What is Dyslexia?

Dyslexia is a specific learning disability that is neurological in origin. People with Dyslexia have difficulty with understanding language sounds and recognizing the meaning of words. Dyslexics process information differently than others.

The brain has two hemispheres; left, and right. The left side of the brain is in charge of language and reading and the right side is in charge of spatial activities. To read, you need three activation points to work together in the left hemisphere. The left frontal lobe is the sound recognition center (understanding how words sound). The left temporal lobe is the speech recognition center (understanding how to make the sounds). The left occipital lobe is the visual recognition center (understanding how the words look). The language system needs these three points to all work together to be a good reader; dyslexics have a neurobiological glitch impairing the reading triad making the triad of reading impaired.

Dyslexics rely more on the right hemisphere and frontal lobes to read instead of the left hemisphere; thereby making a word just read, take a longer trip through the brain. Without the proper neurons and pathways in the brain, a Dyslexic will not become an independent reader. Many people think that if their student or child practiced more, they would become a better reader, when in fact the longer they read, the more negative it will become. How can a person read independently without the proper neural connections in place?


A Cure for Dyslexia?

Dyslexia CANNOT be outgrown or cured, but thanks to neuroplasticity, the brain CAN be rewired, and a dyslexic CAN learn how to become an efficient reader. With the proper teaching in place, it is indeed possible for a dyslexic to become an independent reader. With rehabilitation reading level will improve, but the traits of dyslexia will not change. The goal is to improve the reading level and self-esteem, not to change the brilliance of the dyslexic.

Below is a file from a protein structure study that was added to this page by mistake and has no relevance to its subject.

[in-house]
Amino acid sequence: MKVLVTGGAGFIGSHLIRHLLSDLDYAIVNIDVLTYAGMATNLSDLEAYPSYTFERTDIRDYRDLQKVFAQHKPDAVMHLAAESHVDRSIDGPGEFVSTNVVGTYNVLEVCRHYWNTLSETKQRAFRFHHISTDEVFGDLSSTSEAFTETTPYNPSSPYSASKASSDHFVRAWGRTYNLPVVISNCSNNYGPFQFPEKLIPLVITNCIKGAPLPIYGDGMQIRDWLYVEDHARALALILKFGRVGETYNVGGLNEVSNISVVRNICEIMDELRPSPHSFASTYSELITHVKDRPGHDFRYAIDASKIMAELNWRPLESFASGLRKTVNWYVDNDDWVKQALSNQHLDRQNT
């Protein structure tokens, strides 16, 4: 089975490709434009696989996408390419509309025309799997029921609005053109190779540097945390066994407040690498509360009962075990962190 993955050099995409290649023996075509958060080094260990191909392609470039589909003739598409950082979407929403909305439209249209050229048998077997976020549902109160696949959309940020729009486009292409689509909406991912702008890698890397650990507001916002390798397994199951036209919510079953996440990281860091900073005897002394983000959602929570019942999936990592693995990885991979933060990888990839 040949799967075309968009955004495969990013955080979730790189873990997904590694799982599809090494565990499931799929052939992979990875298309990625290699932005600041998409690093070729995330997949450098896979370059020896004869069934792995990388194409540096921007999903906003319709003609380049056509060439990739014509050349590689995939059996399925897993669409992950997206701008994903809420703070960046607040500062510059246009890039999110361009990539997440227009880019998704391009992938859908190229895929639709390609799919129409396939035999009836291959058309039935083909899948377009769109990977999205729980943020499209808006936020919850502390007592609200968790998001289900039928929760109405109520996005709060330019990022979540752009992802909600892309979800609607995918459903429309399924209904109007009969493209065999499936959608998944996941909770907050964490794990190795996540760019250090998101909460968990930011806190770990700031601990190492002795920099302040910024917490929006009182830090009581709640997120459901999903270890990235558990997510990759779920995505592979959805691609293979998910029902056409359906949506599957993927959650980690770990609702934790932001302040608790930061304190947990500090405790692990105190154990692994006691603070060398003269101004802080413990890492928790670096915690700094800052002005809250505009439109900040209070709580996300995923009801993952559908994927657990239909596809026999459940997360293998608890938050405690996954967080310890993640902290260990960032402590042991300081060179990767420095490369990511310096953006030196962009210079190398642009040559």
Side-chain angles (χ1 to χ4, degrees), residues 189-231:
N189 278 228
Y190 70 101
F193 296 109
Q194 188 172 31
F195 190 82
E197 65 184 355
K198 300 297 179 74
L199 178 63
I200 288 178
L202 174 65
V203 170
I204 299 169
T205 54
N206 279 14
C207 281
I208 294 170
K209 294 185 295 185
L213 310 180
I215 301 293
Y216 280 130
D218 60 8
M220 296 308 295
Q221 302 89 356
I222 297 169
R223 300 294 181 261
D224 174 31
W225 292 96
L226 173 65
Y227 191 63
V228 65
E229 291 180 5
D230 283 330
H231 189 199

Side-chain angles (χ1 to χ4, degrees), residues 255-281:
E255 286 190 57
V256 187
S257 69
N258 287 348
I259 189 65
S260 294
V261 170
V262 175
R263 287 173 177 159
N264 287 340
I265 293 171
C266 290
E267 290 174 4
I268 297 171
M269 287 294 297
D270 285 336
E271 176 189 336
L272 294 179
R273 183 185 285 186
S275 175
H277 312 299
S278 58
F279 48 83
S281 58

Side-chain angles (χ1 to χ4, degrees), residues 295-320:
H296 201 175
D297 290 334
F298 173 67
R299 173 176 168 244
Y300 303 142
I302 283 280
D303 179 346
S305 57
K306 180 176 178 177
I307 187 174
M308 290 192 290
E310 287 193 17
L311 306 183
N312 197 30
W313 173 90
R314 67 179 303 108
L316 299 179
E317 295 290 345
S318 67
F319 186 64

Who does it Affect?

One in five people have dyslexia, that is 20% of the world’s population, imagine how many children are struggling with dyslexia and don’t know it. To top it off, dyslexia is genetic; it is passed down to your children and your children’s children. Awareness of this learning disability is in dire need. Dyslexia is a hidden learning disability, and it is easy for someone with dyslexia to ‘slip through the crack!’ To recognize dyslexia, you first have to know it can be a possible culprit.


Signs of Dyslexia

  • Randomly guessing words when reading
  • Spelling
  • Leaving or adding endings of words
  • Cannot link letter names with sounds
  • Inverting the order of words like enemy and emeny
  • Rote Memorization
  • Stuttering in speech
  • Mispronouncing words, poor articulation
  • Difficulties finding the right word to say
  • Unable to comprehend what is read
  • Genetically passed on
  • Excellent with oral tests, but struggles with written tests
  • Slow reading, words omitted from sentences


Types of Dyslexia

There are THREE main types of dyslexia that affect auditory processing, sound and word articulation, and gross motor skills (handwriting) characteristics. Individuals can have a combination of the three different types, making SEVEN types of dyslexia. The least common type of dyslexia is related to flipping letters around. The most common types are related to sound and word articulation, and auditory processing.


Can Dyslexia be Tested?

My colleague, Lori Wiens, is the Dyslexia Determination Test Assessor in the province of Manitoba. The test is done in-office out of Morden or via Skype. The test will prove the diagnosis of dyslexia if it is present, and state the types of dyslexia and their severities.  Contact us for further information.



If you suspect that you or your child has dyslexia; the first step is to find a program that will help. The Loftier Learning and Literacy Program for Reading is available locally through me in the Pembina Valley area and province-wide via Skype. I offer one-on-one lessons either in the office or via webcam in Morden.  The usual amount of time required for each student to climb ahead from two to six grade levels in word attack is forty to sixty hours.   I teach ages seven and up. The main features of the program are ocular movement (left to right sequencing), basic decoding, sound recognition as well as upper decoding principles. The Loftier Learning and Literacy Program has the most rapid improvement rate according to the current statistics.